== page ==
Writer/actor Lennard Gui remembers meeting Jit in 1990 when he auditioned for ICT’s staging of A Midsummer Night’s Dream.
“He had the role of Puck and I was trying out for one of the supporting parts. I totally messed it up of course, but little did I know he would become an important part of my artistic growth in the years to come. Almost a decade later, I was asked to co-produce his play Spilt Gravy On Rice for Dramalab and thus began our theatrical association and (dare I say) friendship. I was always awestruck by his wit, kindness and generosity – as well as fearful of getting on his wrong side because he would cut you down with the power of his words if you ever crossed him, his friends and family, or his chosen clan! We drifted apart after I left the scene, but every now and then he would reach out and leave a beautiful message on my social media. Even after all the time and distance that passed between us, his love was as palpable as ever, and it made me swoon that he thought of me at all. Now he’s gone, and all we’re left with are the imprint of his memories and the impact of his amazing work on the Malaysian performing arts scene. He will be missed, but he will not and never be forgotten.”
Jit was also a popular stand-up comedian best known for his alter ego Rene Choy – the hairstylist who had opinions on everything! On FB, comedienne Joane Kam calls him a national treasure: “Your wit & talent knows no boundaries. Thank you for being a SPARK in so many lives. May you find your happiness NOW. The world has lost a beautiful soul.”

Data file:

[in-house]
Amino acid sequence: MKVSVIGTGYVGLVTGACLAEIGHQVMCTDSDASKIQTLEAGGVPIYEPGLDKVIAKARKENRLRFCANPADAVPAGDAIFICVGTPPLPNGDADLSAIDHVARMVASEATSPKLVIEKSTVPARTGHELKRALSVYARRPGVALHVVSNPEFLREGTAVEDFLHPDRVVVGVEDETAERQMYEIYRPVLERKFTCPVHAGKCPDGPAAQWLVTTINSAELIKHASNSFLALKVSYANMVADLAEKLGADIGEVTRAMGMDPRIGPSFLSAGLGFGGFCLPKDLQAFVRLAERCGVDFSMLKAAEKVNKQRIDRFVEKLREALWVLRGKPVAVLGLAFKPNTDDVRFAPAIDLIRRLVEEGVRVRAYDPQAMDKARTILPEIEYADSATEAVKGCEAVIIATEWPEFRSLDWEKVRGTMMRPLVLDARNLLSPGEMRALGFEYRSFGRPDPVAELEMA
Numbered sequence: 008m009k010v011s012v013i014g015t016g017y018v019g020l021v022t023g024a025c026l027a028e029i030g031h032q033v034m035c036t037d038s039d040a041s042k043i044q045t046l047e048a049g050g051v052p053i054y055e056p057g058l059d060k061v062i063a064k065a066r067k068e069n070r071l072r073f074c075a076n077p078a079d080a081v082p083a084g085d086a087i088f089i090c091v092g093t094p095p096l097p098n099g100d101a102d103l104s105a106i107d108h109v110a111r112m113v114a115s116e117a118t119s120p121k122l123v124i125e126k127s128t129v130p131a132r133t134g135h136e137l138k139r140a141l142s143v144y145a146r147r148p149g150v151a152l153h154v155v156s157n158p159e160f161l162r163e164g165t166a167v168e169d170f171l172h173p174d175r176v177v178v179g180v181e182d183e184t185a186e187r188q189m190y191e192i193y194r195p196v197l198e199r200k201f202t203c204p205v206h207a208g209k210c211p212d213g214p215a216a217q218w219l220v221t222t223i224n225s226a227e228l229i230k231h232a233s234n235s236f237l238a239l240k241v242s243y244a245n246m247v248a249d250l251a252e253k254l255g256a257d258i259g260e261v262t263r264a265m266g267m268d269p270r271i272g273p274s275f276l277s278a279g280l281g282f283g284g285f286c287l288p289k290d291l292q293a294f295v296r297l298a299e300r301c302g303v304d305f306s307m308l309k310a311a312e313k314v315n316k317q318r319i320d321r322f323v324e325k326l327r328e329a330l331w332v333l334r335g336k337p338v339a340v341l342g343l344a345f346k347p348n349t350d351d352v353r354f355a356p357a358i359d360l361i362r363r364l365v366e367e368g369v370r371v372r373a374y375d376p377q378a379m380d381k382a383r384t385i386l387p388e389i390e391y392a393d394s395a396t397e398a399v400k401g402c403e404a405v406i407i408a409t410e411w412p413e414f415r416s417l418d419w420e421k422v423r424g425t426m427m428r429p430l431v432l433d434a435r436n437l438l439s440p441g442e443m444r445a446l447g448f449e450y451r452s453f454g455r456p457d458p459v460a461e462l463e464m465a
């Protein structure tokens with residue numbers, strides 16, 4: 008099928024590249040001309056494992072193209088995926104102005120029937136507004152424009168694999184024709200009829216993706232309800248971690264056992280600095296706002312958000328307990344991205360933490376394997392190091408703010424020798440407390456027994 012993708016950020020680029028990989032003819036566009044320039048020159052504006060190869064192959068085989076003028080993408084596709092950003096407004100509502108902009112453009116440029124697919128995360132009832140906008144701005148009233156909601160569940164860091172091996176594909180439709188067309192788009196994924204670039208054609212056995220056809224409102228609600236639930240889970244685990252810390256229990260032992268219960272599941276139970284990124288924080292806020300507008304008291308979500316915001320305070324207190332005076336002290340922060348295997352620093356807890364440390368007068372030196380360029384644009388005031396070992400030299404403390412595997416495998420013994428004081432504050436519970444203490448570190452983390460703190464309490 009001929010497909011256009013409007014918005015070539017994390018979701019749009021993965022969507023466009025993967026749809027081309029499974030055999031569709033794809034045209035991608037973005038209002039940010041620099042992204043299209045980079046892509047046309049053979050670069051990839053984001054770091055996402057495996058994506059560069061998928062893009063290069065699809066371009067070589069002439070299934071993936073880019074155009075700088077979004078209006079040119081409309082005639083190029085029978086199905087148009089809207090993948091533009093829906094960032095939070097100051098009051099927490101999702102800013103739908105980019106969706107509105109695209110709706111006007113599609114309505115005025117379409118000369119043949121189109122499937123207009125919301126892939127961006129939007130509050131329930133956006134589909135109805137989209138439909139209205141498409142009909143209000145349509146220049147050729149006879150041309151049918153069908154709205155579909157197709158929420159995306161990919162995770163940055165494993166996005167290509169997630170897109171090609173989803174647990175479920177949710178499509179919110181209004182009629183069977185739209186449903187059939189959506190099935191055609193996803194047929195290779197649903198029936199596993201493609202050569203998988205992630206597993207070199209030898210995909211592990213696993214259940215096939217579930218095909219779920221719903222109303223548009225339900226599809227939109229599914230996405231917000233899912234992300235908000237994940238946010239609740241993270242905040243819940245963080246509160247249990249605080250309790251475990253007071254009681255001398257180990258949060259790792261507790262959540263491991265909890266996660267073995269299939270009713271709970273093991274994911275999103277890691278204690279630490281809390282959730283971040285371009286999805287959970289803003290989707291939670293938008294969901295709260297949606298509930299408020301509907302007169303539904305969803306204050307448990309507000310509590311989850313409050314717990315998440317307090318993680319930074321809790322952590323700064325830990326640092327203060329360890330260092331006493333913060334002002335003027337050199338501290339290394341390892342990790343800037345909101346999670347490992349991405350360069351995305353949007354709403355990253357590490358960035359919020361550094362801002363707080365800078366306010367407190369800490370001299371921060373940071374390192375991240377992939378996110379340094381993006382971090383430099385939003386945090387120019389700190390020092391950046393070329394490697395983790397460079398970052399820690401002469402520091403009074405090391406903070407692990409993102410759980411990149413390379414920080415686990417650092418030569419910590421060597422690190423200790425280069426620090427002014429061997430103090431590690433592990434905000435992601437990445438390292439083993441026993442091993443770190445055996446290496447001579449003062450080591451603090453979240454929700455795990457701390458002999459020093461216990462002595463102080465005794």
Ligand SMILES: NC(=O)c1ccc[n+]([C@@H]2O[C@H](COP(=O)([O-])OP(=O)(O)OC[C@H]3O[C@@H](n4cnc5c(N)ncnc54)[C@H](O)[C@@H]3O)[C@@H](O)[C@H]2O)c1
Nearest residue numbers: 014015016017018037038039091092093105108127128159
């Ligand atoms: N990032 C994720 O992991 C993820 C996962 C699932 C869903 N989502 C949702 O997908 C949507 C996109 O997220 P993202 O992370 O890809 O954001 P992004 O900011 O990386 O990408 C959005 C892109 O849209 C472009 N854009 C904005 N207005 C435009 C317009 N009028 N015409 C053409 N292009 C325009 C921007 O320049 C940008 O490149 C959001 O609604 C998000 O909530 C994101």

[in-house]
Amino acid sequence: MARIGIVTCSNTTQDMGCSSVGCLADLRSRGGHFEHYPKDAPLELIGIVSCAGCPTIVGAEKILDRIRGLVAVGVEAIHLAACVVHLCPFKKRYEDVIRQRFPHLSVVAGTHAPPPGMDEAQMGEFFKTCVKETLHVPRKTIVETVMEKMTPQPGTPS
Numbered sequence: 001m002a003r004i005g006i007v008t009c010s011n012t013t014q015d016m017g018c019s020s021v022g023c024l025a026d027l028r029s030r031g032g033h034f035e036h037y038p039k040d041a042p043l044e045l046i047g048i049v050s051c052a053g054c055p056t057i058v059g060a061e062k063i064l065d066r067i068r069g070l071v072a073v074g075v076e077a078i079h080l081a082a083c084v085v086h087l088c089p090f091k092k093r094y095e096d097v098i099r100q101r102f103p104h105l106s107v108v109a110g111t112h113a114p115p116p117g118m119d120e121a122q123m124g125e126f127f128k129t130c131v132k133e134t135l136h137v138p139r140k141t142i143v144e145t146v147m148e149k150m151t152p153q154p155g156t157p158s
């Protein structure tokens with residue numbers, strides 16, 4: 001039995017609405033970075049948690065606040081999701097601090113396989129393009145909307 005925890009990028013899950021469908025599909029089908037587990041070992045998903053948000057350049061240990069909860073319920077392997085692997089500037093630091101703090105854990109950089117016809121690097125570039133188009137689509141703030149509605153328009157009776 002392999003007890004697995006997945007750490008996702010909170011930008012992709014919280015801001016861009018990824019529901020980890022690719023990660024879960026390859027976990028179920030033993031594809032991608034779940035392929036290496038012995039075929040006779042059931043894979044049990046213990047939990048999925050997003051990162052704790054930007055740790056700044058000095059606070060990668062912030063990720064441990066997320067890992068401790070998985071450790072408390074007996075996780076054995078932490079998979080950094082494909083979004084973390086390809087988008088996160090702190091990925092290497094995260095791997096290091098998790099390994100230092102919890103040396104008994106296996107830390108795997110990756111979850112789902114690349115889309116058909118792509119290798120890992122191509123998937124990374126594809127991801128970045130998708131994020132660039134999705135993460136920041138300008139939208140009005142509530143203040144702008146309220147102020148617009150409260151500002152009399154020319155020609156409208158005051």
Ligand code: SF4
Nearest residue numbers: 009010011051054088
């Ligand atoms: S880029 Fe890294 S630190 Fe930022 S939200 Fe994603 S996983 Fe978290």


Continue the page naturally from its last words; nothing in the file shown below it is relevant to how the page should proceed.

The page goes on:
Lecturer in Digital Culture and Society Niki Cheong, who once earned his stripes in the local art scene working for Dramalab, describes Jit as a force of nature – an acerbic, prolific genius.
“He wasn’t just a world-class playwright, the stories he told and issues they dealt with were amazing contributions to intellectual life in Malaysia. I first met him in a small rehearsal space in Taman Tun back in 1998 when I was interviewed and then hired as assistant stage manager for Gold Rain and Hailstones. But more than the love that production harnessed in me for theatre, Jit, Zahim and all showed an 18-year-old struggling with his identity pathways forward. And they remained that lighthouse for me for decades after. This picture of me and him at BSC was taken 9 years ago – it’s the last picture of us together I can find. But in searching for photos, I found so many messages from him telling me how proud of me he is, until as recently as last year. I wish I had told him that so much of it was down to the lessons he taught me and the confidence he gave me.
“Jit to me is the clear example of why visibility is so important – I stand on his shoulders, as a beneficiary of the legacy he and many others in his generation have left behind. I am indebted to him. Rest well, Jit.”
From all of us, thank you Jit Murad for the legacy of work that you have left to inspire generations to come. You live on.